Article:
NASA Spacecraft Takes 'Movie' of Volcano on Jupiter Moon

Discussion in 'Science and Technology' started by onedomino, Jun 9, 2007.

  1. onedomino
    Offline

    onedomino SCE to AUX

    Joined:
    Sep 14, 2004
    Messages:
    2,677
    Thanks Received:
    474
    Trophy Points:
    98
    Ratings:
    +476
    On its way to Pluto and Charon, NASA's New Horizon spacecraft took this "movie" of the volcano Tvashtar on Jupiter's moon Io. This moon is the most geologically active place in the solar system: more than 400 active volcanos. Io orbits close to Jupiter and the gravitational tides cause internal heat and the resultant volcanism. Io is a hellish place, bathed in high energy radiation and infested with sulfur spewing volcanos. It will be a very long time, if ever, before humans venture to the surface of Io. Some other moons of Jupiter are more hospitable, including Europa which has a water ocean covered by ice. Who knows what is in that ocean? It will probably be decades before we find out, but even now NASA is working on autonomous underwater robots: http://www.underwatertimes.com/news.php?article_id=12593648010

    Here's an image of Io snapped by the Galileo spacecraft:

     
    • Informative Informative x 1
  2. Bullypulpit
    Offline

    Bullypulpit Senior Member

    Joined:
    Jan 7, 2004
    Messages:
    5,849
    Thanks Received:
    378
    Trophy Points:
    48
    Location:
    Columbus, OH
    Ratings:
    +379
    Great image of the sulfurous little rock. Gotta spread some rep around.
     
    • Thank You! Thank You! x 1
  3. waltky
    Offline

    waltky Wise ol' monkey Supporting Member

    Joined:
    Feb 6, 2011
    Messages:
    20,778
    Thanks Received:
    1,789
    Trophy Points:
    215
    Location:
    Okolona, KY
    Ratings:
    +3,859
    Jumpin' Jupiter!...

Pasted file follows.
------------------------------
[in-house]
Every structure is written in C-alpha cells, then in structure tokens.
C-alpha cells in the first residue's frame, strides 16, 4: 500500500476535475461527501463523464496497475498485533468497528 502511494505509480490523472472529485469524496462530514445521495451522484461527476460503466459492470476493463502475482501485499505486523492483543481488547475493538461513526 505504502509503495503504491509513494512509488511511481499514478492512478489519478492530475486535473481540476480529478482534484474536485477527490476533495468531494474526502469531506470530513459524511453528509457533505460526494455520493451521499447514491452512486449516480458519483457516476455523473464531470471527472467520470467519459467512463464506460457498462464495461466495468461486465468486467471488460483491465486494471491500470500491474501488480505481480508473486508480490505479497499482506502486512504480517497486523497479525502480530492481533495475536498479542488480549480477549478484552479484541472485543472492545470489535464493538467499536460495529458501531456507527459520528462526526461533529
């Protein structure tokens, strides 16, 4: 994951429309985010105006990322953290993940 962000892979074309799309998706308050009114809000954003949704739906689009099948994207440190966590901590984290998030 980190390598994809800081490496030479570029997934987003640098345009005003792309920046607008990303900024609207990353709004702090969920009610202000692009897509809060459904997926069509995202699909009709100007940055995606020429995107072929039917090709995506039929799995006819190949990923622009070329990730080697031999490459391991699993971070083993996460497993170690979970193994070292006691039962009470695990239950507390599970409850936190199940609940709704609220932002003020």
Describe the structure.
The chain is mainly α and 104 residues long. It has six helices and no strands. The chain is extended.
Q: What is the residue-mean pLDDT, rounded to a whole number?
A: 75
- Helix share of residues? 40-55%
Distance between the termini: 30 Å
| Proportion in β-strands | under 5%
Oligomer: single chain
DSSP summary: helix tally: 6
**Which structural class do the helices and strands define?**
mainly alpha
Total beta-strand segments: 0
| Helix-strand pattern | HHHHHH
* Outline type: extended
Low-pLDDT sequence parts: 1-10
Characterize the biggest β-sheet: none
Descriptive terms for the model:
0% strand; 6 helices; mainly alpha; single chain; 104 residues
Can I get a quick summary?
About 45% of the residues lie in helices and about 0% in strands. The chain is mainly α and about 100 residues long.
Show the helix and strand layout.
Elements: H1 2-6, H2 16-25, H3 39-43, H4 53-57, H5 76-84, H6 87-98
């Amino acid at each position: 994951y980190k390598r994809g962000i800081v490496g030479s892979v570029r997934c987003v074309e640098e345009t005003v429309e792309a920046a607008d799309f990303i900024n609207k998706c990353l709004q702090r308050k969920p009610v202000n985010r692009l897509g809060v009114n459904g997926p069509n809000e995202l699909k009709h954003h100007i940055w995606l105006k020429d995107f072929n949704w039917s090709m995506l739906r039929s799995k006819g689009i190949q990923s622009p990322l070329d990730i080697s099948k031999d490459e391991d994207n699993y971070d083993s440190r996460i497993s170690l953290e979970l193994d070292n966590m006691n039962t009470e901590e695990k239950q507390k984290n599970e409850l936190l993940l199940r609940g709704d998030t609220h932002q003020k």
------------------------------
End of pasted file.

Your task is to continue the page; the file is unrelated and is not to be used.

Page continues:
[​IMG]
    NASA Juno Spacecraft, Nearing Jupiter, to Shed Light on Gas Giant
    June 26, 2016 — After a five-year journey, the spacecraft Juno is nearing its destination, the planet Jupiter, where it will enter polar orbit and start sending back data back July 4. Scientists at Jet Propulsion Laboratory, the California mission control center for this NASA project, say Juno will pierce the dense clouds of the gas-covered giant and offer insights into its origin and nature of both the planet and our solar system.
     
    • Agree Agree x 2
    • Thank You! Thank You! x 1
  4. Old Rocks
    Offline

    Old Rocks Diamond Member

    Joined:
    Oct 31, 2008
    Messages:
    46,436
    Thanks Received:
    5,407
    Trophy Points:
    1,840
    Location:
    Portland, Ore.
    Ratings:
    +10,287
    The Jovian system is a very interesting place. When Voyager first sent back photos of that system we realized that the solar system was a very much more complicated place than we had ever imagined. I still think that we should explore the clouds of Jupitier as a possible place of life not as we know it.
     
  5. waltky
    Offline

    waltky Wise ol' monkey Supporting Member

    Joined:
    Feb 6, 2011
    Messages:
    20,778
    Thanks Received:
    1,789
    Trophy Points:
    215
    Location:
    Okolona, KY
    Ratings:
    +3,859
    Facts about the Jupiter Juno mission...

    3-2-1: A look at NASA's Jupiter mission by the numbers
    July 3, 2016 — Since launching in 2011, NASA's Juno spacecraft has been cruising toward the biggest planet in the solar system. On Monday, Juno is scheduled to perform a nail-biting move designed to enter orbit around Jupiter to explore its cloud-covered atmosphere and interior makeup.

     

Share This Page